Features & Columns
The End of Television & Film
of film and TV has never been so precarious
September 25, 2012.
The snacks were laid out on the coffee table, the IPAs were popped and the rental was paid. It was time to watch Marvel's The Avengers on the first day it was downloadable from iTunes. On it came. Almost. The black screen of doom informed us that it would take 18 hours to download.
The next evening, we tried again. The Avengers was on just long enough to get to an opening scene of Tony Stark doing some underwater welding. "Is that Aquaman?" said the already-skeptical wife. The movie froze solid, five minutes in, staying that way for the rest of the evening. At this point, the wife wanted vengeance herself.
Downloadables left consumers with the familiar frustration of a show crashing in its first or—even worse—last 10 minutes, with screen freezes and spinning asterisks, or yet another apology in cruel white sans serif type. For more than two decades, visionaries told us streaming television was the future of TV. By the time it was unveiled, on-demand video was so buggy that it was hard to credit the claims.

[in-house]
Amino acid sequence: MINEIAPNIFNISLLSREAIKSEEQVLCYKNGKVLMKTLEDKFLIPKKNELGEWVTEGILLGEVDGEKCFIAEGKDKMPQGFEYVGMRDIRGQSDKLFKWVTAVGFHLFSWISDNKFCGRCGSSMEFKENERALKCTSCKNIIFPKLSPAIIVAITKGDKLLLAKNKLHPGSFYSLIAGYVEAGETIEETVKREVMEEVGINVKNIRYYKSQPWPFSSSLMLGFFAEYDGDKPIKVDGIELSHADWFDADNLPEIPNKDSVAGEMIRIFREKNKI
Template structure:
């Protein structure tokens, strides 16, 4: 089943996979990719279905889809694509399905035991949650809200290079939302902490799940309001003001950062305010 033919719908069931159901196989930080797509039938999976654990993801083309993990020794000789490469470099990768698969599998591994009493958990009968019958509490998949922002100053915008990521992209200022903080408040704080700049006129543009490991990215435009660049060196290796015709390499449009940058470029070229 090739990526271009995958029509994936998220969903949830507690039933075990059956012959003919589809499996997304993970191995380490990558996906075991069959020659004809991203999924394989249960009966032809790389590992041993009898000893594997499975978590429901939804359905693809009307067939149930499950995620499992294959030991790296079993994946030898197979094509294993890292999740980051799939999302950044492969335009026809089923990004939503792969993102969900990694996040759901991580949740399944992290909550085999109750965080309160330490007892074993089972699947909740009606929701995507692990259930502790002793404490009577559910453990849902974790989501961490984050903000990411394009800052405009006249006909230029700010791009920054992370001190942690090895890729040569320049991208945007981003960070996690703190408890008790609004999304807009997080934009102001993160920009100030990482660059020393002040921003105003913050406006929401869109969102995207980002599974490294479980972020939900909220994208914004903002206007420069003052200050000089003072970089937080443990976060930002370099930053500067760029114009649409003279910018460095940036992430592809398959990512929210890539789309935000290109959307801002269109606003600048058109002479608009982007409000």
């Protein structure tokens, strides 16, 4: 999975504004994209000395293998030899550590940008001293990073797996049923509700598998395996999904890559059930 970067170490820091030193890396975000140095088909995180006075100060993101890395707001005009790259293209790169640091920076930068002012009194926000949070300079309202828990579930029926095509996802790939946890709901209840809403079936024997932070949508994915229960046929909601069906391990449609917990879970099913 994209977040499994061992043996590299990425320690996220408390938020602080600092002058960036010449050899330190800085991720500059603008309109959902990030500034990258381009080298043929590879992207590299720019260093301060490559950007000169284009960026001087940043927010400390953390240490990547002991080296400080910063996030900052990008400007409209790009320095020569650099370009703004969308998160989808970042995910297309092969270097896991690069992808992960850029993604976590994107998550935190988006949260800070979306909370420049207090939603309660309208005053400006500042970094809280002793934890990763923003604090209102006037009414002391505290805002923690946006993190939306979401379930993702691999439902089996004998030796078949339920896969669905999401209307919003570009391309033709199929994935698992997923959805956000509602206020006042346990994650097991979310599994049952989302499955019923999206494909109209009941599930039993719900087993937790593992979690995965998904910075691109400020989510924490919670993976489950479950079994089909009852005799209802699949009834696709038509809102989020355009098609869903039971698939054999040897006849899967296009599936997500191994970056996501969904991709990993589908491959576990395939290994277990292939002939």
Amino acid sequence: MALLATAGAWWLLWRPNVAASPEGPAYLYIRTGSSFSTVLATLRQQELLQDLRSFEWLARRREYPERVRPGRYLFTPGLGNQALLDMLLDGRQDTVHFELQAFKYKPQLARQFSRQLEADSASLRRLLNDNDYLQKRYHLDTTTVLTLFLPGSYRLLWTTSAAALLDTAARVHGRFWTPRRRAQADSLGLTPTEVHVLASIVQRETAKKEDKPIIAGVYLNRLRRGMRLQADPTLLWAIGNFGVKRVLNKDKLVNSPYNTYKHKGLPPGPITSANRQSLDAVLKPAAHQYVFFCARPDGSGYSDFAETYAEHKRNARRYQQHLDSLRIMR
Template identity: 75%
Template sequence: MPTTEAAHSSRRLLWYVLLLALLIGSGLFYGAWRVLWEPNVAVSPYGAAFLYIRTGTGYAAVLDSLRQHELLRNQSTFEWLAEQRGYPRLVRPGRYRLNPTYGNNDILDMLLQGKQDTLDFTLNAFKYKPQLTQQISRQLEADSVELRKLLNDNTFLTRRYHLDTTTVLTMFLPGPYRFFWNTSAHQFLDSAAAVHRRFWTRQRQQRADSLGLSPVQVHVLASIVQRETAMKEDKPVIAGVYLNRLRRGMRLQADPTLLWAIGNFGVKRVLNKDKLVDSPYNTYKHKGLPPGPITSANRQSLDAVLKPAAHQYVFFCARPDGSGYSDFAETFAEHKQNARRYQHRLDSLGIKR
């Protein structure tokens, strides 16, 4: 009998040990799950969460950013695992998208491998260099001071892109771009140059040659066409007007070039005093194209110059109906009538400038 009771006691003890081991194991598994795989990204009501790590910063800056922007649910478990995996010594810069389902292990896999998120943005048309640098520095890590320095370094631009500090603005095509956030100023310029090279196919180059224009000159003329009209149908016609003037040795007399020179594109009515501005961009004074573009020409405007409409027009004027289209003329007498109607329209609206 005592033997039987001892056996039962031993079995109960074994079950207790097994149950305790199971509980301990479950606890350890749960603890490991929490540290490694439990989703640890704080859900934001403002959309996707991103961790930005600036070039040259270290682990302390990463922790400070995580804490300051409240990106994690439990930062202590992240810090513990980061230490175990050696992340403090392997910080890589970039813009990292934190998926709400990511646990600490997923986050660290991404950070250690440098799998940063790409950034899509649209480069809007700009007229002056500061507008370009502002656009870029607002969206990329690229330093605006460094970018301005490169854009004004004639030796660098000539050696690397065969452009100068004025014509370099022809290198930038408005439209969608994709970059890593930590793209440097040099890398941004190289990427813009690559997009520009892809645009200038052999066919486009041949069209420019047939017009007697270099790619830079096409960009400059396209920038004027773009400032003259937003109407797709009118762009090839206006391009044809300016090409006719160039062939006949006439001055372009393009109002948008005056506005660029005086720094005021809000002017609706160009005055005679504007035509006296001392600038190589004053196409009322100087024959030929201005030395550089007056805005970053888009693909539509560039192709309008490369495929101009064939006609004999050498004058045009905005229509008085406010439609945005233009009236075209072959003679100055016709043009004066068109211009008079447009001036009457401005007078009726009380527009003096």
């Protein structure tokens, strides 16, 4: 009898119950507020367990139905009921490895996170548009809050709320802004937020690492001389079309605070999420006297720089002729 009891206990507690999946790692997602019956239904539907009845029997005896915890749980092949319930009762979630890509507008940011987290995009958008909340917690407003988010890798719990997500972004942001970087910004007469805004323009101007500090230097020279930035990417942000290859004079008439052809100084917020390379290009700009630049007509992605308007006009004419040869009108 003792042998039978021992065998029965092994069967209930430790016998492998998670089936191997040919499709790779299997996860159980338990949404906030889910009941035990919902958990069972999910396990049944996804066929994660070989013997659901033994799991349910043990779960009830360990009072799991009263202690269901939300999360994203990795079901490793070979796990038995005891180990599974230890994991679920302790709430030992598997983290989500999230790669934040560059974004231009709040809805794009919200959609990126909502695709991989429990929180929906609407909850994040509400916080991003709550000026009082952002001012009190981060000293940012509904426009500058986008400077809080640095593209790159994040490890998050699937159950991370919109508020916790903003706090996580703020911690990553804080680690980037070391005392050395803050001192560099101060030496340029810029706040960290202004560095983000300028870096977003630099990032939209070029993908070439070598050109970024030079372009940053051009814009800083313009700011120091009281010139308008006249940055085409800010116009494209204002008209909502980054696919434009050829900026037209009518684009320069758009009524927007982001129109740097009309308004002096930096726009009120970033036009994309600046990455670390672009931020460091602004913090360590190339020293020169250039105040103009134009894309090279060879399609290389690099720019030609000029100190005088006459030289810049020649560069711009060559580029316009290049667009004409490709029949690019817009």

But this summer, the bugs are at last almost all gone, and streaming video offers much of what cable previously supplied. The innovation could be called "TV A la carte"—the experience of watching multimedia content untethered to a cable provider.
Los Gatos' Netflix, which introduced so many to this kind of viewing, claims that what we all watched for the previous 60 years—"linear television," they call it—is on its way out. According to Time magazine, Netflix's downloads suck down one-third of Internet traffic. Already, more consumers watch television through an Internet connection than through a cable or satellite service. A reliable Internet hookup—a necessity for anyone trying to make a living in Northern California—provides a huge amount of film and television content for a relative pittance.
Americans are now discontinuing cable in favor of a $7.99 Netflix subscription, with perhaps another $7.99 subscription for Hulu Plus, and maybe a third $99-a-year subscription for Amazon Prime, whose original programming includes the Emmy-winning Transparent.
For golden-age studio fans, Warner Archive Instant, at $9.99 per month, offers one of the newest and most tempting Internet channels. Here are loads of Pre-Code, vintage anime and musicals. Last month, HBO finally abandoned its cable-only model for HBO Now—a $14.99 monthly subscription to get Game of Thrones, Silicon Valley and True Detective without paying Comcast. It's possible to subscribe to all of them and still save money compared to cable.